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"Stainless steel oxidation"

2005

I am starting my research about the oxidation of stainless steel. Basically I would like to grow or make an oxide layer on 316L stainless steel in order to get a substrate to deposit a layer of calcium phosphate on top of it.

Hebert Molero
Universidad de Carabobo - Valencia, Carabobo, Venezuela
^




2005

As you are no doubt aware, one of the attributes of stainless steel is the fact it has a built in oxide layer over it. This is in the form of chromium oxide and it is this that gives it its corrosion resistance. If you want to enhance this, you have to be careful how you do it; if you simply anodically polarise it, you will run the risk of breaking down the existing layer and dissolving out the metals. You could try putting it in hydrogen peroxide and leaving it, or better still, try electropolishing it. This will give you a metal oxide/phosphate layer that is technically "oxidising" the material. Alternatively, try giving it a conversion coating by treating it either chemically or electrochemically in dichromate or permanganate solutions.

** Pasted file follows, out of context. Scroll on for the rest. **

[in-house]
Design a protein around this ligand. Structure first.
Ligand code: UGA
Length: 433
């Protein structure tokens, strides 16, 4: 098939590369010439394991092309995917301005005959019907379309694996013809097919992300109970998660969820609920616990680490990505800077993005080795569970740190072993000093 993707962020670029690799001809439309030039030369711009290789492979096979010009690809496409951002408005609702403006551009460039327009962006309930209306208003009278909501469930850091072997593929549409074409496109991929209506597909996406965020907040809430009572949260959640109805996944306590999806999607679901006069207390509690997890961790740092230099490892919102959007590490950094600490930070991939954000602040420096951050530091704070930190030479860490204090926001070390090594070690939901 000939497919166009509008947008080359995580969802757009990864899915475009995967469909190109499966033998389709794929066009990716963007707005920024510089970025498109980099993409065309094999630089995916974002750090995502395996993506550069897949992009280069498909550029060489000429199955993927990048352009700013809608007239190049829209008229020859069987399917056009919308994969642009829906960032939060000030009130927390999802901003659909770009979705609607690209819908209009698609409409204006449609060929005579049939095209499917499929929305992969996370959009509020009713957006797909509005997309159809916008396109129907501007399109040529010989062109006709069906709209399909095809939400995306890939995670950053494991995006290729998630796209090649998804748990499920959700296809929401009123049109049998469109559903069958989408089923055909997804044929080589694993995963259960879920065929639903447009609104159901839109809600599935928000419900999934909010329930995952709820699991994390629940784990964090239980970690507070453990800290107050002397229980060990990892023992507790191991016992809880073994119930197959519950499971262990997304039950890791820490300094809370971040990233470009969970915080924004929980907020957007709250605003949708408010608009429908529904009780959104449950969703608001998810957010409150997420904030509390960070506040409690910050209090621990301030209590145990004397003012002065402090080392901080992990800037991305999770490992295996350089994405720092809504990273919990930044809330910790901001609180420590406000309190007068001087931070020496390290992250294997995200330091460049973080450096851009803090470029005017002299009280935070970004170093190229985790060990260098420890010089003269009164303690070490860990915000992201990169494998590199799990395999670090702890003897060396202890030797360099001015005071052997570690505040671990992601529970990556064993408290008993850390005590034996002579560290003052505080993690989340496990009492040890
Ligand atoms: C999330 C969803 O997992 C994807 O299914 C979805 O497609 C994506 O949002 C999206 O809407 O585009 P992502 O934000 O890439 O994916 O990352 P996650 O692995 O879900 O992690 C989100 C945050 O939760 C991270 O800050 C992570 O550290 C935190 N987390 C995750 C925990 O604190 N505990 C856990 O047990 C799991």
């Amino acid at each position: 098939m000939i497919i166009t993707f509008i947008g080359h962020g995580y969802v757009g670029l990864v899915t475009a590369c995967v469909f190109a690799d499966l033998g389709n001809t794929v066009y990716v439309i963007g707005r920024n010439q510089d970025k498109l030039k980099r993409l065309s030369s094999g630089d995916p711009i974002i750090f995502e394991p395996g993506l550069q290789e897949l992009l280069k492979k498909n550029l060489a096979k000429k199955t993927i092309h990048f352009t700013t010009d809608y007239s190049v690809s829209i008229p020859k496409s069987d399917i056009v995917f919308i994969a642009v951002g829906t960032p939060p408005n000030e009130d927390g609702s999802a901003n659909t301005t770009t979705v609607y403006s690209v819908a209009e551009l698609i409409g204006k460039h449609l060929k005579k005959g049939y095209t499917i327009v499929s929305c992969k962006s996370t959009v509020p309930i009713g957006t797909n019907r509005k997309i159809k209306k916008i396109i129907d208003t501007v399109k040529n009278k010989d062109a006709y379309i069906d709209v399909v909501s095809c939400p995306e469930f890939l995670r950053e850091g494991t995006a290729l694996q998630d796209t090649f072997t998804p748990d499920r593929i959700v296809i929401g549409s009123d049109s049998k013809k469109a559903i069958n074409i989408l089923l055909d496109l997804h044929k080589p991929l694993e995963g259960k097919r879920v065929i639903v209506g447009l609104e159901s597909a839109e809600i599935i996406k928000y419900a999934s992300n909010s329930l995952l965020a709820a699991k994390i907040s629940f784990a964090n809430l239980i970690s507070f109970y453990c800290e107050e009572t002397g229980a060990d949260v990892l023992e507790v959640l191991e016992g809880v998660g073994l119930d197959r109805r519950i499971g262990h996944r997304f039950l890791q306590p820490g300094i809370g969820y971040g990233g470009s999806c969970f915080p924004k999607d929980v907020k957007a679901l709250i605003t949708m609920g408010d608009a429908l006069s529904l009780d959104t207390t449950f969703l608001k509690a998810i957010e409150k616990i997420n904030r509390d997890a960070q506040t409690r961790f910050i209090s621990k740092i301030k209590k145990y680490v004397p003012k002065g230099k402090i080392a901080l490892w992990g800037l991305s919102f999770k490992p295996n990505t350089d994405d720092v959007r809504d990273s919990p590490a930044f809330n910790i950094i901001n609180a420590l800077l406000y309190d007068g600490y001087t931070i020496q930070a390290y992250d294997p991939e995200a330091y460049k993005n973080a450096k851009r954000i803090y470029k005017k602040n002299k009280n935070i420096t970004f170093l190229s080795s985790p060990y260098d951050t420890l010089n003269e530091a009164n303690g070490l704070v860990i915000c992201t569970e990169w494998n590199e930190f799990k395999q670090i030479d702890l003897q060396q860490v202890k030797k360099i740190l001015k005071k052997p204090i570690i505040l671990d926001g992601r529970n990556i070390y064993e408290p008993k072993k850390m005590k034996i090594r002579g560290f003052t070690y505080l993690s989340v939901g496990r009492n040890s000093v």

trevor crichton
Trevor Crichton
R&D practical scientist
Chesham, Bucks, UK
^


2005

What Trevor states is correct. The chromium oxide layer that exists on the surface is what gives the excellent corrosion resistance. It is not that simple, of course, on a molecular level, since the surface is chrystalline in nature-- austenite in this case.

The purpose of passivation of the surface is not only to clean and remove free iron, but to maximize the chromium content of that top, very thin "layer" of chromium oxide. (Other metals in the alloy also greatly affect this.) This gives the best corrosion resistance, but may in fact INHIBIT adhesion to the surface by your Calcium phosphate. You need to test for this. Enhancing the chromium oxide layer makes it more passive (less active) therefore may make it more difficult to adhere to, depending on the adherant.

lee kremer
lee kremer sig
Lee Kremer
Stellar Solutions, Inc.
supporting advertiser
McHenry, Illinois

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^



May 25, 2011

Are there any ways to create an electrically resistive layer on the surface of 316 stainless steel? Some papers say that magnetron sputtered thin layers of Chromium Oxide may show Megaohm surface resistance. Are there any easier ways to get such a resistive coating on the stainless steel surface?

Russ Ivanov
fusion - Burnaby, British Columbia, Canada
^

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